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From Jason Gerlowski <>
Subject Re: Commit / Code Review Policy
Date Sun, 01 Dec 2019 14:43:37 GMT
> and now its turned around as if its consensus everywhere

David didn't say anything about consensus everywhere.  He mentioned
pretty clearly that the agreement was only "in attendance", and that
this thread was a precursor for putting together a proposal to test
the waters further.  That all seems pretty in line with the Apache
process for feeling out/testing/etc. consensus, though maybe there's a
nuance I'm missing?


On Sat, Nov 30, 2019 at 3:27 PM Shawn Heisey <> wrote:
> On 11/30/2019 7:39 AM, Robert Muir wrote:
> > -1 ... you even went so far as to discourage lucene committers from
> > attending that meeting, and now its turned around as if its consensus
> > everywhere and should be applied to lucene too?
> >
> > I don't think changing things to review-then-commit will help.
> I did attend the meeting, and I think committers who concentrate on
> Lucene should not be discouraged from attending any similar future
> meetings.  Discussions in a meeting about Solr are not very likely to
> dive down that far into the inner workings, but even if they don't, some
> Lucene people might find the the talk about Solr to be interesting, and
> having their perspective available would not be a bad thing.
> I'm very wary of making an official change to review-then-commit.  I
> fully support the ideas that went into the proposal, but I think making
> it mandatory for all commits is going to really slow things down and
> cause some problems.  It's not the way most Apache projects work, and it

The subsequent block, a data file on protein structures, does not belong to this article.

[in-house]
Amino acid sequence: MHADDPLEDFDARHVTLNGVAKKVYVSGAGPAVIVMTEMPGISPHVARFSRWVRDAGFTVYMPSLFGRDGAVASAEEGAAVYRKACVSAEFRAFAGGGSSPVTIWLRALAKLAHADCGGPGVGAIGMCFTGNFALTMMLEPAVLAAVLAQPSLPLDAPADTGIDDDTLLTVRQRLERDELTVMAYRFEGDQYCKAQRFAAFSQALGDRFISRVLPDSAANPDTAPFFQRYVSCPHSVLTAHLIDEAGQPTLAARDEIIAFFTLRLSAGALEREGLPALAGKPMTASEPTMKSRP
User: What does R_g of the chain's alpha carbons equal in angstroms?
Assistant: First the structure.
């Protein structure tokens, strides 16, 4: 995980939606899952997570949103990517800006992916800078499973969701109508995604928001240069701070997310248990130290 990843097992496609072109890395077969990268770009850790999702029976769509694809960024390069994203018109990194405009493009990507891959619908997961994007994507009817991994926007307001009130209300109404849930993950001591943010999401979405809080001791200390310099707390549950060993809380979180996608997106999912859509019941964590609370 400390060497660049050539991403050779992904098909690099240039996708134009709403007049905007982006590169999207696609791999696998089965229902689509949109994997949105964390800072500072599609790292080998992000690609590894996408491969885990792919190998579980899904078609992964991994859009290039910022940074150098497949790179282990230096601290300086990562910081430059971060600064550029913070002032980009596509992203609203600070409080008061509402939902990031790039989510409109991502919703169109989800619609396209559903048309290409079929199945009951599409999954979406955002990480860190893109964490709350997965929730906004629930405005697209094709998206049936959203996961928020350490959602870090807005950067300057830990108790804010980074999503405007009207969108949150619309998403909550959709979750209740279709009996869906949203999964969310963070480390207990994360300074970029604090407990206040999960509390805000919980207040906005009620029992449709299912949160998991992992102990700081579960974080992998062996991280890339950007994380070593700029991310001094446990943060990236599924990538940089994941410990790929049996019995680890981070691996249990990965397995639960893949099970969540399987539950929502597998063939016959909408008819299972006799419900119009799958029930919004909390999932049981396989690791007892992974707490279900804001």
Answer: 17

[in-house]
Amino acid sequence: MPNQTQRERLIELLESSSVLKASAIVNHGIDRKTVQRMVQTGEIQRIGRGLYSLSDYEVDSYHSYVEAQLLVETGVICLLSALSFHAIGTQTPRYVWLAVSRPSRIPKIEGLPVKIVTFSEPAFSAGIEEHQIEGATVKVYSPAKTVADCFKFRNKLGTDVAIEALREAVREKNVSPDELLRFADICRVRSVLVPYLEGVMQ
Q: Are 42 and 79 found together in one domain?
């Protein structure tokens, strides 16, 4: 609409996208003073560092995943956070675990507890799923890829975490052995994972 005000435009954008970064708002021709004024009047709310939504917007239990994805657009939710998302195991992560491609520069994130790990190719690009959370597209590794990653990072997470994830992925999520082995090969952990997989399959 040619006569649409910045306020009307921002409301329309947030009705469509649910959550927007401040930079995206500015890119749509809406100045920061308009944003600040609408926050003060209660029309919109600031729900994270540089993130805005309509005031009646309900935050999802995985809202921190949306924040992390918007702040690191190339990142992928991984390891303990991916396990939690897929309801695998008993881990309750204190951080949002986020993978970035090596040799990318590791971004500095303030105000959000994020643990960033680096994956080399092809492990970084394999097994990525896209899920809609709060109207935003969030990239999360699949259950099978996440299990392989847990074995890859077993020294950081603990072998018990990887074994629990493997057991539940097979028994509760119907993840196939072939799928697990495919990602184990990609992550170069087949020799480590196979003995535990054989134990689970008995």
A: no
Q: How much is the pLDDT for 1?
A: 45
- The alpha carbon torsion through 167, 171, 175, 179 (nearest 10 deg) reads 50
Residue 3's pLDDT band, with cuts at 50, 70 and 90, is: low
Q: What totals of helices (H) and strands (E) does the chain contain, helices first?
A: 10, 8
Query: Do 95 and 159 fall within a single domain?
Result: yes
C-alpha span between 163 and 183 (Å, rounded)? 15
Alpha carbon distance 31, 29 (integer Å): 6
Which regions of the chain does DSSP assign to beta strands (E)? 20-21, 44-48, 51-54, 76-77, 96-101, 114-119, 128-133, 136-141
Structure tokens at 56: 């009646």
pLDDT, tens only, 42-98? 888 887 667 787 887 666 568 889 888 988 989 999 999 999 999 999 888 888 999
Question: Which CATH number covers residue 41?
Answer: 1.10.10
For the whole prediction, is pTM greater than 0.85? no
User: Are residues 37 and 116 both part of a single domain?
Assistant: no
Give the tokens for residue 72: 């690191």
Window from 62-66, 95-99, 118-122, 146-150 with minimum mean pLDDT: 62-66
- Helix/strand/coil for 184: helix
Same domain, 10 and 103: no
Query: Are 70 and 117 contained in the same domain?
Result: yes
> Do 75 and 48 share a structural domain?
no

> makes it a LOT harder to do quick sanity edits like fixing spelling errors.
> As much as I really like the idea of more frequent reviews, I think that
> review requirements should be informal.
> Most of the time a committer will know whether the changes they are
> working on fall into a "major" or "minor" category.  When it's leaning
> more towards major, I think most of us will agree that a few extra
> eyeballs looking for gotchas is a really good idea.  TLDR note:  The
> number of lines in a change is sometimes NOT an indicator of how major
> the change is.
> I certainly want to seek a "looks good to me" on changes I make which
> have any significant impact.  For some of the ideas I have, if those
> ever reach the implementation phase, I think I'd want even more
> assurance that I'm not doing it wrong.  I can pledge that I will seek
> review for non-trivial changes.  I wonder if there is wording we can add
> to any official project rulebook to make such a thing mandatory, without
> a full switch.
> I think that a full switch to review-then-commit (RTC) would be the
> wrong thing to do.  I think it would lead to a lot of dissent within the
> project, encouraging rivalries and cliques within the project.
> If RTC is preferred by a significant majority, I will work within that
> paradigm ... but I think that it would be a short-lived experiment and
> we would be back to CTR pretty quickly.
> Is it possible to vote -0.5 instead of -1?  I don't think it is.
> Thanks,
> Shawn
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